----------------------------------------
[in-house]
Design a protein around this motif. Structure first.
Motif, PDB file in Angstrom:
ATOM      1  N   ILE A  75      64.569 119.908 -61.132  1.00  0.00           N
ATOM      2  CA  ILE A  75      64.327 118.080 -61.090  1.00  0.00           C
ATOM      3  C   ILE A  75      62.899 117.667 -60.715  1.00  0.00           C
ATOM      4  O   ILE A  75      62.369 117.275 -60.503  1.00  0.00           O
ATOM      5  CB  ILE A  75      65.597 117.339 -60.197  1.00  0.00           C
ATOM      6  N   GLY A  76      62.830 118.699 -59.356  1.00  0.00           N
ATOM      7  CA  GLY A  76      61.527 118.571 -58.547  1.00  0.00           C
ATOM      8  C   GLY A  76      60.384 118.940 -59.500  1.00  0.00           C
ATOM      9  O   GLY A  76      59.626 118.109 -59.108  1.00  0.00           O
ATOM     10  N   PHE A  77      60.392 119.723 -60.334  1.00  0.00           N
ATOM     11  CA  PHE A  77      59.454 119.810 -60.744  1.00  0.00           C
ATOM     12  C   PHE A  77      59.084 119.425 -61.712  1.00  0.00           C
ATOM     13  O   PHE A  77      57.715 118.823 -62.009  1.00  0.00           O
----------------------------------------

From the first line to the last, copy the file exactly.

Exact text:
[in-house]
Design a protein around this motif. Structure first.
Motif, PDB file in Angstrom:
ATOM      1  N   ILE A  75      64.569 119.908 -61.132  1.00  0.00           N
ATOM      2  CA  ILE A  75      64.327 118.080 -61.090  1.00  0.00           C
ATOM      3  C   ILE A  75      62.899 117.667 -60.715  1.00  0.00           C
ATOM      4  O   ILE A  75      62.369 117.275 -60.503  1.00  0.00           O
ATOM      5  CB  ILE A  75      65.597 117.339 -60.197  1.00  0.00           C
ATOM      6  N   GLY A  76      62.830 118.699 -59.356  1.00  0.00           N
ATOM      7  CA  GLY A  76      61.527 118.571 -58.547  1.00  0.00           C
ATOM      8  C   GLY A  76      60.384 118.940 -59.500  1.00  0.00           C
ATOM      9  O   GLY A  76      59.626 118.109 -59.108  1.00  0.00           O
ATOM     10  N   PHE A  77      60.392 119.723 -60.334  1.00  0.00           N
ATOM     11  CA  PHE A  77      59.454 119.810 -60.744  1.00  0.00           C
ATOM     12  C   PHE A  77      59.084 119.425 -61.712  1.00  0.00           C
ATOM     13  O   PHE A  77      57.715 118.823 -62.009  1.00  0.00           O